CHARLOTTE, N.C. - The Boston Marathon bombings are one reason the Department of Homeland Security is giving local law enforcement agencies more money to prepare for similar attacks.
The money helps pay for large training drills.
Ross Ashley is a former Homeland Security official.
“Every dollar spent in preparedness saves you that much 10 fold in the amount of money it takes to recover,” Ashley said.
Channel 9 looked at Homeland Security documents and found the Charlotte area will again get $3 million this year.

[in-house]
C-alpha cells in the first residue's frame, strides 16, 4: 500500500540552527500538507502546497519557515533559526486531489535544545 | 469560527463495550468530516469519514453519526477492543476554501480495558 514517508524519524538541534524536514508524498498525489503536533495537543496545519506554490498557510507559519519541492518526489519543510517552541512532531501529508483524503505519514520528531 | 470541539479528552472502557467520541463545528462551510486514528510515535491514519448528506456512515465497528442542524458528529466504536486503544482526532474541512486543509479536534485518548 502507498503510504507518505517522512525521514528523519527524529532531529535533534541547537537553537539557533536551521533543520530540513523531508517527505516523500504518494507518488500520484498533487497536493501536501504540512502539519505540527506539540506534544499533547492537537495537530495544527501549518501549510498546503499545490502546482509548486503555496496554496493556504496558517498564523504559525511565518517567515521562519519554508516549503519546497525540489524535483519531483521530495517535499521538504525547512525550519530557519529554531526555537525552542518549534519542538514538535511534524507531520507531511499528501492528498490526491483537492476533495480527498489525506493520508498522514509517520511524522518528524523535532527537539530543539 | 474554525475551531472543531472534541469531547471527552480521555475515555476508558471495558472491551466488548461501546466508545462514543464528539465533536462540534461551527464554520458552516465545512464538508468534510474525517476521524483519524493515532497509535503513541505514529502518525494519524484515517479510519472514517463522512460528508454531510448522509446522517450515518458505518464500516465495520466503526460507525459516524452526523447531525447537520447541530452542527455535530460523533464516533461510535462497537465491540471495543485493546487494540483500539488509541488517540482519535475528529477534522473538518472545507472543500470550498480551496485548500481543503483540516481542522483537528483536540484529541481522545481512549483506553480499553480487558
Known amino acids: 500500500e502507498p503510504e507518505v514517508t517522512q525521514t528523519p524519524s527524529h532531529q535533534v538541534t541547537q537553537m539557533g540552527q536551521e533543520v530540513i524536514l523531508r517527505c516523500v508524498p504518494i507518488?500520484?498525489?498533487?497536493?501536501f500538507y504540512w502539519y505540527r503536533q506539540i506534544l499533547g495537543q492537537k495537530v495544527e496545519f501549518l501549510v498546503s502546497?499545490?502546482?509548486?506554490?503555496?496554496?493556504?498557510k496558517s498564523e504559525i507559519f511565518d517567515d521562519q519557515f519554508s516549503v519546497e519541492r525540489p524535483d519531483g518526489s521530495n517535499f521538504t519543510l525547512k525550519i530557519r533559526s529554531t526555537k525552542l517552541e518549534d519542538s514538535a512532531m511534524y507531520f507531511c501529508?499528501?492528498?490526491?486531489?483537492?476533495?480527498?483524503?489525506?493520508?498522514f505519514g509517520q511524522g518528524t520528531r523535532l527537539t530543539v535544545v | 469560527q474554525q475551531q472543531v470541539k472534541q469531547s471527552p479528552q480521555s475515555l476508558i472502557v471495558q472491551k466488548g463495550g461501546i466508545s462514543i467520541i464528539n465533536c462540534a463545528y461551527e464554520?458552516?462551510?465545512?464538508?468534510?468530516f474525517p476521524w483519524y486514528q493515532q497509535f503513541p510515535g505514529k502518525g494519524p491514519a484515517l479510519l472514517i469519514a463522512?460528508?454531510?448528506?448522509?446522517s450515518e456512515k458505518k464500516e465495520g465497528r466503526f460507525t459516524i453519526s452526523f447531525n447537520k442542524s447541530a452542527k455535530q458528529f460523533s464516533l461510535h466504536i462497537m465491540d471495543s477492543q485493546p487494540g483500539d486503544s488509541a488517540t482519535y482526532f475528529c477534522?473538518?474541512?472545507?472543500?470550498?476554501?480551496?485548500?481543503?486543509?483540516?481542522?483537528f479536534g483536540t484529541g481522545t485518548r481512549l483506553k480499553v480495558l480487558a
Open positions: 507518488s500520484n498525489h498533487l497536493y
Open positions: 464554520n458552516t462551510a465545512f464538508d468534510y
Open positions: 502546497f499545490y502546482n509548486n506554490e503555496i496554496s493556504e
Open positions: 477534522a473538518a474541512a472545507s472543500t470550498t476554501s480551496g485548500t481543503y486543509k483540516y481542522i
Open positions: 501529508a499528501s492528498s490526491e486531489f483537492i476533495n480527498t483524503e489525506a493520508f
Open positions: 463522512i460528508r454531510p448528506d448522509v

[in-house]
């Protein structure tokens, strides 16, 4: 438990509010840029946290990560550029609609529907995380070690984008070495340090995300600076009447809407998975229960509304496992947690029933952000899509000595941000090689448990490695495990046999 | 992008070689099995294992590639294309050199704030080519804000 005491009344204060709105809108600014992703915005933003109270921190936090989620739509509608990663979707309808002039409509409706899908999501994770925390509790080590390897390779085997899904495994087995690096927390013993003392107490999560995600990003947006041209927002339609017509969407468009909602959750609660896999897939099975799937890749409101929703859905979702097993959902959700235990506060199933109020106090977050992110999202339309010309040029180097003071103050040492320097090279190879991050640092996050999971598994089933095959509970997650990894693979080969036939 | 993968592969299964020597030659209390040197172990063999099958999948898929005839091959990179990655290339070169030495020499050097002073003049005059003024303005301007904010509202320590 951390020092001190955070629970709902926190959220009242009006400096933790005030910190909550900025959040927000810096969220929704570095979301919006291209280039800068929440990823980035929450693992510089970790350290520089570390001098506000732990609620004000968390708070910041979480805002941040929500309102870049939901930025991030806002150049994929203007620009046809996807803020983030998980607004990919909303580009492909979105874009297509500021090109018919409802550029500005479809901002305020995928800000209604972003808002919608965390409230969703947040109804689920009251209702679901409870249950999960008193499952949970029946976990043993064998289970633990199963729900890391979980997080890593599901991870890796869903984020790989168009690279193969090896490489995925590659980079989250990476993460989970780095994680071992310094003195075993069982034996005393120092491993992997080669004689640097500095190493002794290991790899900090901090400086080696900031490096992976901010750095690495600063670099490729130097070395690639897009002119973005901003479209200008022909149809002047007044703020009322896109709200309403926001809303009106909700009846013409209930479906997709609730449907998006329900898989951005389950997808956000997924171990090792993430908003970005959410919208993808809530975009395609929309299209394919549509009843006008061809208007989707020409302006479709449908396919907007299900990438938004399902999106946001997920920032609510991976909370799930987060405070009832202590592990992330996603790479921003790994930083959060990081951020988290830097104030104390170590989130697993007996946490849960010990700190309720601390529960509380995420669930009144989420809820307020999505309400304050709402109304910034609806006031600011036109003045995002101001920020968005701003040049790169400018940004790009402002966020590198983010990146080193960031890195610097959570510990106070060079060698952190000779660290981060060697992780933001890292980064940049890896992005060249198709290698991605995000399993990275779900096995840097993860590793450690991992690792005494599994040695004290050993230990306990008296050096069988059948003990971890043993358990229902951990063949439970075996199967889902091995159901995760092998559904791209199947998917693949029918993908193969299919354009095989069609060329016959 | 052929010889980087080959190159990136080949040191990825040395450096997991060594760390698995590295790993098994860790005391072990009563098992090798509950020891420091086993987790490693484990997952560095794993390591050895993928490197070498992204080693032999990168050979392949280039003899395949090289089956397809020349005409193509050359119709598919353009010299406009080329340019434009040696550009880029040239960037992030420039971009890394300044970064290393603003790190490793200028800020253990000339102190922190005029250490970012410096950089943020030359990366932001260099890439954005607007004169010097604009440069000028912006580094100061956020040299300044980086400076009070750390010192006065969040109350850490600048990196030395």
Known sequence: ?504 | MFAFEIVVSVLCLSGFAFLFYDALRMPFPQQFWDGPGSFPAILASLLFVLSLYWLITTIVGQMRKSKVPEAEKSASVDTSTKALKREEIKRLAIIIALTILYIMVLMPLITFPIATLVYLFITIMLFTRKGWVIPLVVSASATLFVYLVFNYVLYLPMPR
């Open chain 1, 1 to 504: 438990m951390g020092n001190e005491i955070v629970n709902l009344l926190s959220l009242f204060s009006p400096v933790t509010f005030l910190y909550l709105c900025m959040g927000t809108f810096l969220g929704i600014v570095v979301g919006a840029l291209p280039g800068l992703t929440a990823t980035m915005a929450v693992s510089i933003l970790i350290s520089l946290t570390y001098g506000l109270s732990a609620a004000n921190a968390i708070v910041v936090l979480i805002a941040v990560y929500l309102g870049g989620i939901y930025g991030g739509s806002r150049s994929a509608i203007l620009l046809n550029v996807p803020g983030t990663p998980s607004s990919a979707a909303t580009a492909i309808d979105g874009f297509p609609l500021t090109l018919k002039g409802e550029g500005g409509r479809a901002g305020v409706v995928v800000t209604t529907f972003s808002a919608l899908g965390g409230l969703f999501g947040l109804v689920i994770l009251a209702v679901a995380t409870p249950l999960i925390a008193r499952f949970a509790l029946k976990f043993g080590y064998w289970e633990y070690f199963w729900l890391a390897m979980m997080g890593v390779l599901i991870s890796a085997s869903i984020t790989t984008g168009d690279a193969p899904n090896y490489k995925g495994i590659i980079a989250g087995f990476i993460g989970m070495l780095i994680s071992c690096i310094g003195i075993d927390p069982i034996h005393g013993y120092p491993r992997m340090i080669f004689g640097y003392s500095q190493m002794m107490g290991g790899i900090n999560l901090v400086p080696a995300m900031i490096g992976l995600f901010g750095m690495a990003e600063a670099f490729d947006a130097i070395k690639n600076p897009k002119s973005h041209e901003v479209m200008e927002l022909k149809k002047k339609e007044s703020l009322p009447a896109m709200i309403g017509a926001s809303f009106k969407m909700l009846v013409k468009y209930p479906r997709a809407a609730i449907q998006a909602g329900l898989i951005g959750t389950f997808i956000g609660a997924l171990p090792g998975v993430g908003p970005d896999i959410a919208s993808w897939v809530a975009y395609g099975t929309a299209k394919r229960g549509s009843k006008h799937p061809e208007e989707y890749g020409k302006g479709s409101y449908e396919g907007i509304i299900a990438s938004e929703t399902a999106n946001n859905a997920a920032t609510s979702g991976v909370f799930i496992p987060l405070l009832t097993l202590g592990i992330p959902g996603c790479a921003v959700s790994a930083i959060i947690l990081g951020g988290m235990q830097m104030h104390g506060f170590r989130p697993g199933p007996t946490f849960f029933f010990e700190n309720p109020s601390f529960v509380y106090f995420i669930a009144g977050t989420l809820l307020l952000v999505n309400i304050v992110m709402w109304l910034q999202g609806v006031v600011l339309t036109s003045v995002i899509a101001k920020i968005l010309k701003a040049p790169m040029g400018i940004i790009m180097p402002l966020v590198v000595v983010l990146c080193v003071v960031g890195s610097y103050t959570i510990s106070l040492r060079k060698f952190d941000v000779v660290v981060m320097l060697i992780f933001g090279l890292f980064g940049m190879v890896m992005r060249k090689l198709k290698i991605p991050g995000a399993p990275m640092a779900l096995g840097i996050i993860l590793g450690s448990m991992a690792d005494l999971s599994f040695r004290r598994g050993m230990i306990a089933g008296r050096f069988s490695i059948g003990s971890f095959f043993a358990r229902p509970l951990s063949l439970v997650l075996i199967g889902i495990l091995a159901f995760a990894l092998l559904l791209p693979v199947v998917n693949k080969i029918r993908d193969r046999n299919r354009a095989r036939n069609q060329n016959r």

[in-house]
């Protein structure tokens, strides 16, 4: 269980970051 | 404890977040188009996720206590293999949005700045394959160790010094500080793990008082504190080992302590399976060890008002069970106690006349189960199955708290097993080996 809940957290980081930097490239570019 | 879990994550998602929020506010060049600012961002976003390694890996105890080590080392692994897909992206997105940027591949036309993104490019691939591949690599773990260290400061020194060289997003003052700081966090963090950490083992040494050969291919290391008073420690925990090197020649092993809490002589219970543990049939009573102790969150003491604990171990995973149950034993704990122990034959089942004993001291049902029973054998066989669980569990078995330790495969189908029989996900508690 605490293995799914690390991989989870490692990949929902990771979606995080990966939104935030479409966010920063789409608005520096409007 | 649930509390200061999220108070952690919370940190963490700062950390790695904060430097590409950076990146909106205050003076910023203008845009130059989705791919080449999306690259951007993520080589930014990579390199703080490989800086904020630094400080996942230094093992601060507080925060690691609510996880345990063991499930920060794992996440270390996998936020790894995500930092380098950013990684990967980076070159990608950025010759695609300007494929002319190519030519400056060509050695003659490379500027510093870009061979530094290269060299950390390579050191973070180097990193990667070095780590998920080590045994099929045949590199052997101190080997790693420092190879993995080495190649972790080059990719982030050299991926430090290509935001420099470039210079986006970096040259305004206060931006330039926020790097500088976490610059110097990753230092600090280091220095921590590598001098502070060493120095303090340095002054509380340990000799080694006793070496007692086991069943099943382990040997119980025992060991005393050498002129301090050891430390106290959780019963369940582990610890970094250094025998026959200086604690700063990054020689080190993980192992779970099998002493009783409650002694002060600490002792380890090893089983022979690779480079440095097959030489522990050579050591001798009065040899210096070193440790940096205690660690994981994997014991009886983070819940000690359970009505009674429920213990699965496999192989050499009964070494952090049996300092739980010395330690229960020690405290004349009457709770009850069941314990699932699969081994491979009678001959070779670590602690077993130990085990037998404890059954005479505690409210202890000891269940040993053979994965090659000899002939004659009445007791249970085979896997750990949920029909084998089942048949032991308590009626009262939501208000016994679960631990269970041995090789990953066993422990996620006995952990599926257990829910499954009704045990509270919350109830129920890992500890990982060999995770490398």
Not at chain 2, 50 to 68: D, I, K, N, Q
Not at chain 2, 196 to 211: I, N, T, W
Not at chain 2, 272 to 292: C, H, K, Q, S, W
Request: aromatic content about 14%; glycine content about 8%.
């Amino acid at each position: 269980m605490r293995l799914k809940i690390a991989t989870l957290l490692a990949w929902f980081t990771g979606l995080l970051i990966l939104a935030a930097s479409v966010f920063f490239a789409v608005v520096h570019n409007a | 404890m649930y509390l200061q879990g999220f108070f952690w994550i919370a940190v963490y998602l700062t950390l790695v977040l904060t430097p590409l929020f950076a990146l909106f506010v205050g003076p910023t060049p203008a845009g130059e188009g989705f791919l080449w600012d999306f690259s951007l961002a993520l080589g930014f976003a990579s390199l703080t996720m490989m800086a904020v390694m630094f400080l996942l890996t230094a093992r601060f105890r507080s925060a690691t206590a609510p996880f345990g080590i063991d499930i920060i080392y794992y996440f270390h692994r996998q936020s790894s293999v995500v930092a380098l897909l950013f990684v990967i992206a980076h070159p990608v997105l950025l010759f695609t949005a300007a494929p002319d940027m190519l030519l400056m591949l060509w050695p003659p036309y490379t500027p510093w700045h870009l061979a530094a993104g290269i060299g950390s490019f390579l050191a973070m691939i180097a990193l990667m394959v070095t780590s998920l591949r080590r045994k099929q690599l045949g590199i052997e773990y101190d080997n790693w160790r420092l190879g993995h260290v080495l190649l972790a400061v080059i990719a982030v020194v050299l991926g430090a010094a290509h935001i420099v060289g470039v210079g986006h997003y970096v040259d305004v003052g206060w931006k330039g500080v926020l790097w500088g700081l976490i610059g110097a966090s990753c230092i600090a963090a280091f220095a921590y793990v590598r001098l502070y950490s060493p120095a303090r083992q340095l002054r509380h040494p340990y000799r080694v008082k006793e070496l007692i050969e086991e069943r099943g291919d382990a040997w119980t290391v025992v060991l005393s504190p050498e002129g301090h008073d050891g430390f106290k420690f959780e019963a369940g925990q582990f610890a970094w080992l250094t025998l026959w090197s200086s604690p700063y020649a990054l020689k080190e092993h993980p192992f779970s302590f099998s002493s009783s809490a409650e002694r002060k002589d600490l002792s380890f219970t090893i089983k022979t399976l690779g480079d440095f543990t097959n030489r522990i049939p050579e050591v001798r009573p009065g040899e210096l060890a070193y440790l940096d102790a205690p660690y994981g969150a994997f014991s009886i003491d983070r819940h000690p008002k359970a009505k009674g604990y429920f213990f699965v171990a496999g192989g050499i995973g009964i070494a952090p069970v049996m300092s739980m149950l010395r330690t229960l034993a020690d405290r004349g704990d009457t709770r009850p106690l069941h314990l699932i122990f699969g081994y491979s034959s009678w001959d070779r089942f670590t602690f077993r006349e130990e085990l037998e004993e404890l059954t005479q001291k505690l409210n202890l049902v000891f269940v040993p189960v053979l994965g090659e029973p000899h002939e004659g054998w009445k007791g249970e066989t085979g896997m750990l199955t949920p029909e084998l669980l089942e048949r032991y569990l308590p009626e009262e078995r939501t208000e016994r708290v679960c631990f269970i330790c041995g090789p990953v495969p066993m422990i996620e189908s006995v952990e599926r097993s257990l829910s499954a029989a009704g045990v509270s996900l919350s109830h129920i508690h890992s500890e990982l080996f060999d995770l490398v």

Charlotte has received money every year since at least 2008.
It's one of 39 high-risk urban areas, determined by density and other factors officials won't discuss.
This is the most number of cities listed as high-threat areas since 2010.
That's partly in response to the Boston bombings, and also because of more funding from Congress.
Tulsa received federal grant money up until 2011.
The sheriff's office used the money to purchase a mobile radio tower allowing multiple agencies to communicate in an emergency.
Local agencies decide how to spend the money.
Charlotte to receive $3M from Homeland Security after Boston bombings
2 dead after RV crashes, catches fire on I-77 in Chester County
Toddler, newborn baby found stabbed to death; father charged
SC man who bound dog's muzzle with tape sentenced to 5 years
Vegas Strip reopens after gunman surrender, fatal shooting